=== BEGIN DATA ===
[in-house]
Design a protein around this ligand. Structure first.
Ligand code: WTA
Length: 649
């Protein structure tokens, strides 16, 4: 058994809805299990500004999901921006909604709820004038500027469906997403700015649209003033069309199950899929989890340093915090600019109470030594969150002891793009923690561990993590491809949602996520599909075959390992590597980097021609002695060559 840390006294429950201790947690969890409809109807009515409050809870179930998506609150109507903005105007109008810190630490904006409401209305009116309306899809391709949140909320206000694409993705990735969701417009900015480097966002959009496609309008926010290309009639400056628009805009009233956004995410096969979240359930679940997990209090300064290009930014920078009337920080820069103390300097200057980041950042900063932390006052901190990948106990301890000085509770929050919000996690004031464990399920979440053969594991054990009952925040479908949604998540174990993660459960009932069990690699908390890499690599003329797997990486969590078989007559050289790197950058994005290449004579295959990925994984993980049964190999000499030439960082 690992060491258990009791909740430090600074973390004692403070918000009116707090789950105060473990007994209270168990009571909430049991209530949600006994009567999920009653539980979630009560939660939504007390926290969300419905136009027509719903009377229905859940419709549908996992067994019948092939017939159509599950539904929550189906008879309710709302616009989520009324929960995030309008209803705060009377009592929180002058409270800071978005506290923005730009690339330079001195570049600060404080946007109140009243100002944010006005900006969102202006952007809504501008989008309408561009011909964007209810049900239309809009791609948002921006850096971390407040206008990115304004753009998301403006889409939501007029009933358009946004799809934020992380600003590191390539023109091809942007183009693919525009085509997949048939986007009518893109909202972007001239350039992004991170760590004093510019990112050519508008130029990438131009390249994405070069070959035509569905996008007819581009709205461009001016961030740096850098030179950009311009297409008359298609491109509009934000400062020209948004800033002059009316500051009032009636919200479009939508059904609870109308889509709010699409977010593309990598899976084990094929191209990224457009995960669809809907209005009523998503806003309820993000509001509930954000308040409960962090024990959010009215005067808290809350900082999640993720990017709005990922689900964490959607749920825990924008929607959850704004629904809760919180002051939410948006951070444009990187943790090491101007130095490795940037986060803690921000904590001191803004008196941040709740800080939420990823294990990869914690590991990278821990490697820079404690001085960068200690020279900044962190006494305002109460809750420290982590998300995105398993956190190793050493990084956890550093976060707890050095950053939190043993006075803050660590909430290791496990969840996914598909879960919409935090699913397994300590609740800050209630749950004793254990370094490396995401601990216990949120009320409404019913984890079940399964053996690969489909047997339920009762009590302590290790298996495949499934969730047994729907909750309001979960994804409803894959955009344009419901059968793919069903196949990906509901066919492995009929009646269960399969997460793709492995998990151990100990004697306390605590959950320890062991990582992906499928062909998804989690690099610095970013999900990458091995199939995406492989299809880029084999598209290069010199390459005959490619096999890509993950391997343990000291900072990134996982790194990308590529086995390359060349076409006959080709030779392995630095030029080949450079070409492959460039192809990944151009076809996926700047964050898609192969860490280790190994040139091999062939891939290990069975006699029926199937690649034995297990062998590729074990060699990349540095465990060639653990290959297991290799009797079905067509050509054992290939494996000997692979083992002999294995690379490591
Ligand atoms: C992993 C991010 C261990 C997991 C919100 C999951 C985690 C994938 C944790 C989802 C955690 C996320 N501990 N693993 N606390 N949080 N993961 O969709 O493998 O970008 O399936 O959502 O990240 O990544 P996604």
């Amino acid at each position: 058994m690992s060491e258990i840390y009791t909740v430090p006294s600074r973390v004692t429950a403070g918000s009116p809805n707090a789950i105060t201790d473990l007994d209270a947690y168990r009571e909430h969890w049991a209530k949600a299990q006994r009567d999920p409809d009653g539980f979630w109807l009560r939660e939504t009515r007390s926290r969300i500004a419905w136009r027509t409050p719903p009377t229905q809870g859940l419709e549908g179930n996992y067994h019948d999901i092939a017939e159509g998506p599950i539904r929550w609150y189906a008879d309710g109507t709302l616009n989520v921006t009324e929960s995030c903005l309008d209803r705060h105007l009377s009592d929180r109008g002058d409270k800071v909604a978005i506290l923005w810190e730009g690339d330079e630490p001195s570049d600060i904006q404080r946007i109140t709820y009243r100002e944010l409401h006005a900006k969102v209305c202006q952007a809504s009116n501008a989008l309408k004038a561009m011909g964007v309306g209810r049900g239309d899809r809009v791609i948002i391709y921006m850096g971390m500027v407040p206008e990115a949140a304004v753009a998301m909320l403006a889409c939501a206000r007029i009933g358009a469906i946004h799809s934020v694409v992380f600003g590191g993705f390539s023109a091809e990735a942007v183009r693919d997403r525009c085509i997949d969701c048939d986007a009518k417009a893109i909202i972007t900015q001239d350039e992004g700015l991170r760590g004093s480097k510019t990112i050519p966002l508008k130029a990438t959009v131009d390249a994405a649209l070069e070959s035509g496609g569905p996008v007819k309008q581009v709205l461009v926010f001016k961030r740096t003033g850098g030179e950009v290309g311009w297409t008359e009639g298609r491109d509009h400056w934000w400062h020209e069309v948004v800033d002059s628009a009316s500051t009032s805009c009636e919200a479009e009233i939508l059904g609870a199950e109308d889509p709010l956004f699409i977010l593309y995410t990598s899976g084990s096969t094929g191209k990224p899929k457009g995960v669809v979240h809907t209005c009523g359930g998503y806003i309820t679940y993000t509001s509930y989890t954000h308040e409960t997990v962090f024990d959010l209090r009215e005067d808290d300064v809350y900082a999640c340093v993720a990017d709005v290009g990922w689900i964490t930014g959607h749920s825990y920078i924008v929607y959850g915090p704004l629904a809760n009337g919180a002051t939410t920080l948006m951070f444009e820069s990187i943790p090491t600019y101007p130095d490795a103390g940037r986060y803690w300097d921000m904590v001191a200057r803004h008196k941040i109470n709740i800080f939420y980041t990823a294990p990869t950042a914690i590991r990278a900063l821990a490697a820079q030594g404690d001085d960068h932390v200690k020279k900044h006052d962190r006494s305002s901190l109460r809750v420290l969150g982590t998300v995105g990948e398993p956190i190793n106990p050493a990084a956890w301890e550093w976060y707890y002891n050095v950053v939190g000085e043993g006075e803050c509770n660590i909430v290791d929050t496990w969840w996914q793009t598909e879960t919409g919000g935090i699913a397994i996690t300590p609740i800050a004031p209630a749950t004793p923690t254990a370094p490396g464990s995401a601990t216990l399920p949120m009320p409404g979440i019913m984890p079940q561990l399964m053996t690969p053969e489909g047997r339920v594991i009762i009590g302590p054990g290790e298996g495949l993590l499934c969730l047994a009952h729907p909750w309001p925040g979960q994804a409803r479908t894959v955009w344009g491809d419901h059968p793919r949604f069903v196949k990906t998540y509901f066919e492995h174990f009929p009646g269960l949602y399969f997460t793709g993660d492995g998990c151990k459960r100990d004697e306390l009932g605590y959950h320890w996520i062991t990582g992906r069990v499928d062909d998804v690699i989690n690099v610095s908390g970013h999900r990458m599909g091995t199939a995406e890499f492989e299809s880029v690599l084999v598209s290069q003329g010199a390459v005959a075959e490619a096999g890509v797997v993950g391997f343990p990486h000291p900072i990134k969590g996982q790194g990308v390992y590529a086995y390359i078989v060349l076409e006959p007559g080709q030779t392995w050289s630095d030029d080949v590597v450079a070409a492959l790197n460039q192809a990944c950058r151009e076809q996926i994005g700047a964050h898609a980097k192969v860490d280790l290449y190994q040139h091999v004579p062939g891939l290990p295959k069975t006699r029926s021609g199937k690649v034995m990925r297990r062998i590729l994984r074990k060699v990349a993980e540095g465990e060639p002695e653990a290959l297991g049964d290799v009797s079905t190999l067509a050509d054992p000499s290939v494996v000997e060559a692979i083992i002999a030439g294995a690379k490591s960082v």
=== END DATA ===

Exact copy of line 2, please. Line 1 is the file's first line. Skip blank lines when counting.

Design a protein around this ligand. Structure first.